Unemployment scars people. This has been known for a long time, as has the importance of this for macroeconomic policy. If, as a result of a temporary downturn in the economy, more people become unemployed, then, as the economy recovers, these people will find it relatively difficult to regain employment. That means that what ought to be just temporary blips in unemployment develop a more permanent component. This phenomenon is known as hysteresis.
Two recent events at The Work Foundation have thrown the question of unemployment hysteresis into sharp relief. The first was the launch of our new report, ‘Sick of Being Unemployed’. This investigates the interplay between episodes of unemployment and ill health amongst men. Unemployment is a stressful experience, and it is perhaps not surprising that it can lead to mental health problems. It can also, in consequence, result in behaviours that lead to physical health problems – illnesses associated with smoking, drinking, or a sedentary lifestyle. Once their health suffers, the unemployed face a double whammy – sick unemployed people are particularly unlikely to find their way back into work. So unemployment becomes hysteretic. Our report focuses on men, because the evidence suggests that men are less capable than women in coping with unemployment – or at least they are less able to insulate health from their labour market misfortunes. Managing the return to work for men who have suffered ill health is particularly important because work can contribute to their recovery. At the macroeconomic level, if we can manage more people back into work, we can both raise output in the short term and break the vicious circle that hysteresis represents.
Some (relatively) good news is that the Great Recession (in the UK) did not result in a massive increase in overall unemployment. While this is reassuring to some extent, when we drill down to more detailed figures, there remains cause for concern about the longer term legacy of the experience of the last few years. Youth unemployment did rise markedly during the recession, resulting in over a million young people being out of work. We have analysed this phenomenon in some detail at The Work Foundation.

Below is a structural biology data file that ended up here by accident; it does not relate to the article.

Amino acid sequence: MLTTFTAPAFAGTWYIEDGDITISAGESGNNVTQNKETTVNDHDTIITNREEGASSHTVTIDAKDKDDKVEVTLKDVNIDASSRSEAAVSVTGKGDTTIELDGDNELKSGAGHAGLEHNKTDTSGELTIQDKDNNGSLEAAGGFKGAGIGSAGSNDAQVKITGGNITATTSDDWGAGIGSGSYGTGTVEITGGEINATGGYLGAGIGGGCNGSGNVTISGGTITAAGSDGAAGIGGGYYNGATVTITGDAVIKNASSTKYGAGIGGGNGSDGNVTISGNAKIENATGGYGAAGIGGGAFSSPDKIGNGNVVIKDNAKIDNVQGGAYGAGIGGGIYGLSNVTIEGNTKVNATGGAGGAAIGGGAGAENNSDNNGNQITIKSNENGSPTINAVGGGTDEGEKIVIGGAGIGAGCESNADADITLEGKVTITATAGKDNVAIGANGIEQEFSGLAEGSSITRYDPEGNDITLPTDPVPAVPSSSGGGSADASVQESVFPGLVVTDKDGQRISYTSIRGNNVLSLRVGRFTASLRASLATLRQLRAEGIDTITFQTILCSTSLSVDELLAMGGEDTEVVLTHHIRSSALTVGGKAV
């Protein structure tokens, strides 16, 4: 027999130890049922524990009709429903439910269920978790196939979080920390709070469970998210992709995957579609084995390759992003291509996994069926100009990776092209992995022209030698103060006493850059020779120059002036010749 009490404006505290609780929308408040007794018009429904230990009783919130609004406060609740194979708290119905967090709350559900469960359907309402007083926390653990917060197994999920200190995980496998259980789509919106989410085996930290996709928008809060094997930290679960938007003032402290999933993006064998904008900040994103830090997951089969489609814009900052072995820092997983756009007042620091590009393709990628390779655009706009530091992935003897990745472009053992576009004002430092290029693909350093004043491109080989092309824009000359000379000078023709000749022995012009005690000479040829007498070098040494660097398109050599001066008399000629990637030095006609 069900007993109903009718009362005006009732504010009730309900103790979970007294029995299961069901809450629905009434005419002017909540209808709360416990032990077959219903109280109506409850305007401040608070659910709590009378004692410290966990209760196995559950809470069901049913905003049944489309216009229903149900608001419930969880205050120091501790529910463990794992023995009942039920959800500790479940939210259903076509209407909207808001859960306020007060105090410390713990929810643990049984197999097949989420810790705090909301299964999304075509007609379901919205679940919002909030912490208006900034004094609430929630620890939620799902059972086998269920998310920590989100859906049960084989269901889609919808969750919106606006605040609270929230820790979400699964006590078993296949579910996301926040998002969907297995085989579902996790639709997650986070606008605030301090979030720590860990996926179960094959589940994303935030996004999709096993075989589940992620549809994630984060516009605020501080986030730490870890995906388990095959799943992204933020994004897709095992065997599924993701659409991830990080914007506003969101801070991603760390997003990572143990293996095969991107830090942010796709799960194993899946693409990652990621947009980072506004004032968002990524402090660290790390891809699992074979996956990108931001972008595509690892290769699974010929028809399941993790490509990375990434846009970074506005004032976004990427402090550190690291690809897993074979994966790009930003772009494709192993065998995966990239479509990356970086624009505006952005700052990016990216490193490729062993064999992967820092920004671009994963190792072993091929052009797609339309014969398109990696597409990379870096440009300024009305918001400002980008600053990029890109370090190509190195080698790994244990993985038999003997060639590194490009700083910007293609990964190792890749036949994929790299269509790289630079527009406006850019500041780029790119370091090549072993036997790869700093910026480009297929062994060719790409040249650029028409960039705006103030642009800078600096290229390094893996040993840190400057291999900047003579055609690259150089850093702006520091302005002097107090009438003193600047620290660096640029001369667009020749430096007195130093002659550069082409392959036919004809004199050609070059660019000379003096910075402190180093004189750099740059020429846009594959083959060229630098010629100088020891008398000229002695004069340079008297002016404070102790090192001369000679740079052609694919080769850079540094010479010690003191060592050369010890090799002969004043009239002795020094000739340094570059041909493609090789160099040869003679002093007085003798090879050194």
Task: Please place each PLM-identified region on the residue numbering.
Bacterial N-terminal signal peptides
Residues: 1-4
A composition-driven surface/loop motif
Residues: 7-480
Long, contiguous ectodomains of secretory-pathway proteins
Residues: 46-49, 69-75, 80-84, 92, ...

The second of our recent events was a seminar on young people and the recovery. This included the presentation of a paper by Mark Bryan and Alberto Tumino which documents the long term scarring effects of unemployment on young people. Particularly striking is the fact that the scarring appears to be deeper if young people first enter the labour market during times of recession.
Does this mean that the damage is already done? Have we lost a generation of young people? Not necessarily. But it does mean that that generation will need unusual support to help them face the challenge of first entering employment and then living up to their full potential. Apprenticeships help – but they need both to target the right people and to provide continuing support. Monitoring, and responding effectively to the needs of, those currently in their early to mid-twenties will be a crucial investment. The penalty for getting it wrong is unfulfilled lives and a huge loss of potential output.
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